I read this interesting, newly published book, which I picked up at a departmental store in downtown Melbourne, on the 8 hour flight from Melbourne to Singapore.
Professor Andrew Parker is one of those scientists who are Christians that do not see a dichotomy between science and religion. Presently he teaches at Green College at the University of Oxford and at the University of Sidney. He is also the Research Leader at The Natural History Museum in London. With his impeccable scientific background, Parker attempts to approach the first two chapters of Genesis - the Creation account. He takes pains to establish at the beginning of the book of his belief in the inerrancy of the Bible. However he takes issue with those who takes the first two chapters of Genesis literally. The first two chapters should be understood as an account on how life was established on earth as by one who narrates an event. Thus the 'days' are not literal 24 hours but periods of time.
Starting from the Big Bang and using the latest scientific discoveries, Parker relates the scientific account of evolution to the first two chapters of Genesis. In the first chapter of Genesis, there is twice when God said, "Let there be light" - verse 2 and verse 14. Parker attributes the first light (v.2) to be the event after the Big Bang when energy is converted to matter thereby forming atoms and later suns, galaxies, and planets. Then he shifted his focus to earth where in the hot, volcanic surface of the earth, complex molecules came together to form single cells organism. These cells became more complex by using photosynthesis to store energy. The first complex organisms to populate the land were plants thus agreeing with the Genesis account.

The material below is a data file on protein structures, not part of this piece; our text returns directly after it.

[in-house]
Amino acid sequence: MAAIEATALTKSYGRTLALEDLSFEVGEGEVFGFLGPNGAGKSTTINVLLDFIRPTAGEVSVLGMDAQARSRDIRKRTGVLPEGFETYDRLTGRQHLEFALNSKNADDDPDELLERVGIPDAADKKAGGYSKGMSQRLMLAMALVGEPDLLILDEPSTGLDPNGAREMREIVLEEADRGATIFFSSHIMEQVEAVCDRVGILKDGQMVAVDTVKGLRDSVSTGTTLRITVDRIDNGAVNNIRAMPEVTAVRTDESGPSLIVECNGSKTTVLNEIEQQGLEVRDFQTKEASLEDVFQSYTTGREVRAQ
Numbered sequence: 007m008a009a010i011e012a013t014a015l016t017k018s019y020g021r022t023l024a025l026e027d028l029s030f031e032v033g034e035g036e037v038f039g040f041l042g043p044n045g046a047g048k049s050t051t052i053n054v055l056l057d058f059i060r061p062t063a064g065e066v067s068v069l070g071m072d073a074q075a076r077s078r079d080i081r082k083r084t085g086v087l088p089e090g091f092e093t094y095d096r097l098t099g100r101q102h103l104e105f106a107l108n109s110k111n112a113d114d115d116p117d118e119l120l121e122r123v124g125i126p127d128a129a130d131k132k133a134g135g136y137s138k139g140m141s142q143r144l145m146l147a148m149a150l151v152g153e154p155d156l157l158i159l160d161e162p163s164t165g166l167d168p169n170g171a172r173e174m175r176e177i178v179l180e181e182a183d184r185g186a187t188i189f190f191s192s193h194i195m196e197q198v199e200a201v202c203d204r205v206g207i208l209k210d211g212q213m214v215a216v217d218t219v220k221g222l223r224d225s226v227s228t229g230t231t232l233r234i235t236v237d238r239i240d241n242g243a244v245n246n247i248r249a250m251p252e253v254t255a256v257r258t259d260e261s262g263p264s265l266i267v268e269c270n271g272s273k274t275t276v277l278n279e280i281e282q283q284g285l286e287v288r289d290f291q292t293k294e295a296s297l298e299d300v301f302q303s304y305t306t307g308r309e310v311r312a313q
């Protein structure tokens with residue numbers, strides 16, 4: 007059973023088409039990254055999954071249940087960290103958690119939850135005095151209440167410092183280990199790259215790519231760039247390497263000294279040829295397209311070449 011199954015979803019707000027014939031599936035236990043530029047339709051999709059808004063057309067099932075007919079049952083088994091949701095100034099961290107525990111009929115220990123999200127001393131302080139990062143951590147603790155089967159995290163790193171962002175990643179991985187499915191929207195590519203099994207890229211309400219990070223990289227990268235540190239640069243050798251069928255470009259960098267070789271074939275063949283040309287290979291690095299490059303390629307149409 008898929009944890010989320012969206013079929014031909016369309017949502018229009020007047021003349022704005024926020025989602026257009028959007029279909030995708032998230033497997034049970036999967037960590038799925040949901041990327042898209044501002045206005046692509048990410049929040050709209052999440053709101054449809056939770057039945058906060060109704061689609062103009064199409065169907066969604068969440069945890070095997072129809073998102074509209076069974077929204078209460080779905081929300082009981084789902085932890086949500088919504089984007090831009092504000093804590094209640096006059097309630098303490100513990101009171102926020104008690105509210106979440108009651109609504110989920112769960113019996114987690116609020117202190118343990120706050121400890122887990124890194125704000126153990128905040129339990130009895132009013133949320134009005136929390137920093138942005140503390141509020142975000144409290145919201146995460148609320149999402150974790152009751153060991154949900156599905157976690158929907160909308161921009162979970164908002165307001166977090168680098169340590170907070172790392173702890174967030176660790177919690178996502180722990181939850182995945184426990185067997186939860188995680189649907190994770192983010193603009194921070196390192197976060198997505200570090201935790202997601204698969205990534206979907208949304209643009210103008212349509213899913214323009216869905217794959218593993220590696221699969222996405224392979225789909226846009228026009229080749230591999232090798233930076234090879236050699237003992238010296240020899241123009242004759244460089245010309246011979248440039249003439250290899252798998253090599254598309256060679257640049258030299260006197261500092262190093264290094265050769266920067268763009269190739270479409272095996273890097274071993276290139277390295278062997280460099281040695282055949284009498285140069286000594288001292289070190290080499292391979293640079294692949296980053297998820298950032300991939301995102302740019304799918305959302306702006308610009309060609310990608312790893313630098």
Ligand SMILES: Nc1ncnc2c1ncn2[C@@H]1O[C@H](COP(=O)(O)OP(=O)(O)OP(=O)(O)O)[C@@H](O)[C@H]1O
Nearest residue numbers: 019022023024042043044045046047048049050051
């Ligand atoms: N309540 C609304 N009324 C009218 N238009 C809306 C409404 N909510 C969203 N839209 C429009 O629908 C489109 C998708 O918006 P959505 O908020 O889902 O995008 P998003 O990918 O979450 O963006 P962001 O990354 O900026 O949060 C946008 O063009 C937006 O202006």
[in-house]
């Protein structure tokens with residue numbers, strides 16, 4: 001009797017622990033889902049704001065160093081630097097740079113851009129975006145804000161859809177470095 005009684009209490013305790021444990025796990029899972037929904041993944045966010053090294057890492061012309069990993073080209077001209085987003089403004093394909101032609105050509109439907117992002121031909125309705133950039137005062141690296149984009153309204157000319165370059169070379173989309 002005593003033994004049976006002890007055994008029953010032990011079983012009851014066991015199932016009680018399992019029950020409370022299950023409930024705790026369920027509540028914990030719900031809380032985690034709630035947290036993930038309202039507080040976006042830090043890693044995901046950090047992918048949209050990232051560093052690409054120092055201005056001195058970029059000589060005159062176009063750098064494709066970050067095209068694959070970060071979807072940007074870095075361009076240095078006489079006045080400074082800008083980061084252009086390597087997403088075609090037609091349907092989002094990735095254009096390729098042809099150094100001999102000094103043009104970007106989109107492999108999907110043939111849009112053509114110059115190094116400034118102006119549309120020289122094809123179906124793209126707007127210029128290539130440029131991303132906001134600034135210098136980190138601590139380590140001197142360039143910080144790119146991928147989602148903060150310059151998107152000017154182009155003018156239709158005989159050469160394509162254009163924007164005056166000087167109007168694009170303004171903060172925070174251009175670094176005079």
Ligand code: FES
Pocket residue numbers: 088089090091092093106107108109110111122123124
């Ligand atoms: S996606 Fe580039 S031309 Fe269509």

It is in the second account of light (v.14) that Parker proposes his bold assertion. He suggests that the second account is when eyes were evolved. These newly evolved organisms were better at survival because they can see (see the light?). This, Parker postulates, is the reason for the fantastic expansion of new species in the Cambrian Period in earth's history. This is his 'Light Switch Theory' which won him the 'Scientist of the Year' award by The Royal Institution (London) in 2000. It is the evolution of eyes that aided in the evolution of sea creatures, birds and land animals. Parker is convinced that the evolution theory is no longer a theory but established facts. Thus he implies that creationism and intelligent design is not rational.
The main thesis of this book is that there is no way the author/authors of the first two chapters of Genesis can know enough about the Big Bang and evolution to describe so accurately the order of events for the development of life on earth. This and the question of 'what is energy' before the Big Bang is the Genesis enigma. Parker suggests that the answer can only be God.
While the scientist in me cheered Parker on as he describes the various scientific processes in his book, however the theologian in me was troubled by the way he try to fit together the Genesis account and the theory of evolution. Parker's discovery of the development of the eye as the Big Bang of evolution is a major milestone in evolution theory. However I was not comfortable when he applied it to explain the second account of 'let here be light' (Gen.1:14).
This is an admirable attempt to reconcile the theory of evolution with the first two chapters of Genesis by an eminent scientist. However, like eminent theologian Friedrich Schleiermacher in the nineteenth century who tried to reconcile Christianity to the scientific worldview, it creates more questions than answers. There will always be gaps in our understanding of God and his handiwork.
This is a good book and I will recommend it to those who wants to know more about what happens after the Big Bang and how life appears on earth.